Warm weather creates issues for wildlife rehabbers - WALB.com, South Georgia News, Weather, Sports

Warm weather creates issues for wildlife rehabbers

THOMAS CO., GA (WALB) -

South Georgia humans are not the only ones feeling the negative effects of recent severe weather.

Wild animals ranging from deer to raccoons are finding themselves injured and/or alone.

From broken legs, to fractured collar bones, and impaired vision. These animals are on the mend.

Thomas County wildlife rehabber Lorraine Conklin currently has about 140 injured or abandoned wild animals under her care.

"Babies require almost constant around the clock care depending on the species. So she is putting in anywhere from 14 to 16 hour days. And you don't get days off. That's seven days a week, around the clock," said Georgia Wildlife Rescue Association Executive Director Chet Powell.

The Georgia Wildlife Rescue Association tries it's best to assist rehabbers like Conklin.

"The problem is they all operate out of their own pocket. Very few of them have a support system. The state does not support them," said Powell.

Powell says the unusual weather patterns have drastically increased the burden on the rehabbers.

"With warmer weather happening longer that means breeding season occurs earlier and longer. So that means adult animals are out roaming looking for mates and food. And obviously they are going to be in the path of vehicles more."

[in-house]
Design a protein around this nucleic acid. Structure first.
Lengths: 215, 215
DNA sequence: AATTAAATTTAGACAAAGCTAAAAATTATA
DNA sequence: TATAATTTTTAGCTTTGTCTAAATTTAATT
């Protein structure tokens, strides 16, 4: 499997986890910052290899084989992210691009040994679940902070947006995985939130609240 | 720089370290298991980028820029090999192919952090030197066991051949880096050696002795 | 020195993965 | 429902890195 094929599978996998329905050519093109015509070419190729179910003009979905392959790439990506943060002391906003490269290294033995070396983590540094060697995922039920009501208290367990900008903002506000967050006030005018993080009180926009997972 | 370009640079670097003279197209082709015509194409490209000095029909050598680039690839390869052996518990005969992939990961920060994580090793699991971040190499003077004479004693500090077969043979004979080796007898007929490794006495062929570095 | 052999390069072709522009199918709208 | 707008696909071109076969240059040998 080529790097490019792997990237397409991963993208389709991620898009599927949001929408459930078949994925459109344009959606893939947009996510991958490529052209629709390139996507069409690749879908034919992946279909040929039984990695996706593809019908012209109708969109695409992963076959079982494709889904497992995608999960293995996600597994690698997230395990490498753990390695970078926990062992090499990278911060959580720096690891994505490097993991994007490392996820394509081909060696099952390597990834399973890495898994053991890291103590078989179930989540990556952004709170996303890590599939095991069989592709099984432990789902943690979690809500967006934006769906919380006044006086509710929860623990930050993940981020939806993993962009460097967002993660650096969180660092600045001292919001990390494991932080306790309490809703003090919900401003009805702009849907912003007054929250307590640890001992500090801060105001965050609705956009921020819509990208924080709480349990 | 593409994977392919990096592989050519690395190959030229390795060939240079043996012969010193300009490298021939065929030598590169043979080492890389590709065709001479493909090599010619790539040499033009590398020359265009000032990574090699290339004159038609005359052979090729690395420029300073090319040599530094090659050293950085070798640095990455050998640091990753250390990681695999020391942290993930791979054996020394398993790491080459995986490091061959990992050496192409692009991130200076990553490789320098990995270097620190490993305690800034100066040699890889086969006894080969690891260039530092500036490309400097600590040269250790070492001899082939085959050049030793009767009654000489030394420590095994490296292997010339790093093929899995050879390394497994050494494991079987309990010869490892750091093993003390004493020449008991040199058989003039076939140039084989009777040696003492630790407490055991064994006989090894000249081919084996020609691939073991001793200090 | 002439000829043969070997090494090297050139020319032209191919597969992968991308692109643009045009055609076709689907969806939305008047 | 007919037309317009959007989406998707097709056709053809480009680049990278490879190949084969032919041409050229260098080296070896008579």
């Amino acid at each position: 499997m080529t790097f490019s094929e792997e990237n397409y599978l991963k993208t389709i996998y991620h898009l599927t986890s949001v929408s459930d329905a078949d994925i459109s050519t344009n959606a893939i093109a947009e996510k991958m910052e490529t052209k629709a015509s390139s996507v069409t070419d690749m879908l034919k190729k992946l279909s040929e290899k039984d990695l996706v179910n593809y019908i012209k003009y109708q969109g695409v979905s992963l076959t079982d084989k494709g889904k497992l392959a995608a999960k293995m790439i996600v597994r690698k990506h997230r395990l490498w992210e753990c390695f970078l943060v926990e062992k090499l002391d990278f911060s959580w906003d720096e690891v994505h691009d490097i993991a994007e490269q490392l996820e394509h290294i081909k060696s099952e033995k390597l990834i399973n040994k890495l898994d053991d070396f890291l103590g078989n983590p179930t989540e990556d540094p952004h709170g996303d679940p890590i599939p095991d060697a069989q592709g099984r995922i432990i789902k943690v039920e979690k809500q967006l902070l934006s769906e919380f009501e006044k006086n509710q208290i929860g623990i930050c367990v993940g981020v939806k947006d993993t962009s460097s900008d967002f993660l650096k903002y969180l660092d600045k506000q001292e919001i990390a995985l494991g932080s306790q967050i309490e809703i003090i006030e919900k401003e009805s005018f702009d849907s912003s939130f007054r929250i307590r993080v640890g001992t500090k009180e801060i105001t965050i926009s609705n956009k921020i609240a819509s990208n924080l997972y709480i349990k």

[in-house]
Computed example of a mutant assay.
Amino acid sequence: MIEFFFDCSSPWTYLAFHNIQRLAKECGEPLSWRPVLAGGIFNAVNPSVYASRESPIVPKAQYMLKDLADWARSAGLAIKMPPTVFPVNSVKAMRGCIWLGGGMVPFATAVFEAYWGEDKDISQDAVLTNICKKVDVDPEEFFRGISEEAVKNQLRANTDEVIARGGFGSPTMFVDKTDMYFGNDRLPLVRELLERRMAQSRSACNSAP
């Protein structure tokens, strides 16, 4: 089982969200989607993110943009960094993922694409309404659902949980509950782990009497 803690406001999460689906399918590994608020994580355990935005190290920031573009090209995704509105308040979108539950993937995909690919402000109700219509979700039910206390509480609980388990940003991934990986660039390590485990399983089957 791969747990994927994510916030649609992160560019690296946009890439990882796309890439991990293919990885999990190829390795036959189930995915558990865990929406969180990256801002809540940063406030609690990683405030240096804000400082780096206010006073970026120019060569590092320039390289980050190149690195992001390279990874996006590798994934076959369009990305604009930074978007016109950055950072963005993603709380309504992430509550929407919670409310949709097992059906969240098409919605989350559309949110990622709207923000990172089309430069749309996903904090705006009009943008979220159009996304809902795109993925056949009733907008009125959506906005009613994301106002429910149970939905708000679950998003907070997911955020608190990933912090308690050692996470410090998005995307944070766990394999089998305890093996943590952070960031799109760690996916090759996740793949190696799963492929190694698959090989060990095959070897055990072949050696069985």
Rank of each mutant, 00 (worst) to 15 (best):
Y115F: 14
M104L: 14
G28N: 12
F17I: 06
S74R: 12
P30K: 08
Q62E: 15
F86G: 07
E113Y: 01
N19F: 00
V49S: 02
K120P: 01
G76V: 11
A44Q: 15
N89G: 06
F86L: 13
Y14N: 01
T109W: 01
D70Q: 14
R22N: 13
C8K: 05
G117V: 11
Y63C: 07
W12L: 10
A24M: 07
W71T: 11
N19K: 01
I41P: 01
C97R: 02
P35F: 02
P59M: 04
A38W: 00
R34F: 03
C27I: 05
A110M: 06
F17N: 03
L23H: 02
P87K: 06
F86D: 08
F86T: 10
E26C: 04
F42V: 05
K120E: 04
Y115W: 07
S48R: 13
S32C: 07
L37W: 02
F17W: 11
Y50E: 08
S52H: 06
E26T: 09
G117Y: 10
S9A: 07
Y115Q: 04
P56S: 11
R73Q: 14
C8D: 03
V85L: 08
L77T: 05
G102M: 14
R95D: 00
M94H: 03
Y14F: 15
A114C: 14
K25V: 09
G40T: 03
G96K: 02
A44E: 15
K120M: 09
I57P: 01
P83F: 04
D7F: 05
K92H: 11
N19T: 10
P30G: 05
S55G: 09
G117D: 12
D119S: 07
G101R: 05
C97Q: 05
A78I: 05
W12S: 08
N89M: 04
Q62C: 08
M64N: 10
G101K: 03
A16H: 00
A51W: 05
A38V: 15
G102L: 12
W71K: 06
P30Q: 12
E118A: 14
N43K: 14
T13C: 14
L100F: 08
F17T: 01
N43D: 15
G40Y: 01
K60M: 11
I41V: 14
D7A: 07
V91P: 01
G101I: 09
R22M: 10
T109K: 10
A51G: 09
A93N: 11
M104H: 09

The recent rain, wind, and lightning also have not been kind to Conklin, fellow rehabbers, and their animal friends.

"They have the additional expense of repairing pens then having animals injured again who were already injured before."

And Powell says these rehabbers desperately need help now more than ever.

"Veterinary care, utility bills, try to keep them at least from trying to get too warm, and then the food. It is just tremendous expense."

Powell says he will take a blind fawn to Tallahassee this week see if its vision can be restored.

Powell says if you know who you're local wildlife rehabber is, it's best to donate directly to them. Otherwise please visit http://www.georgiawildliferescue.org/ to learn more and donate.

 

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Copyright 2013

 

 

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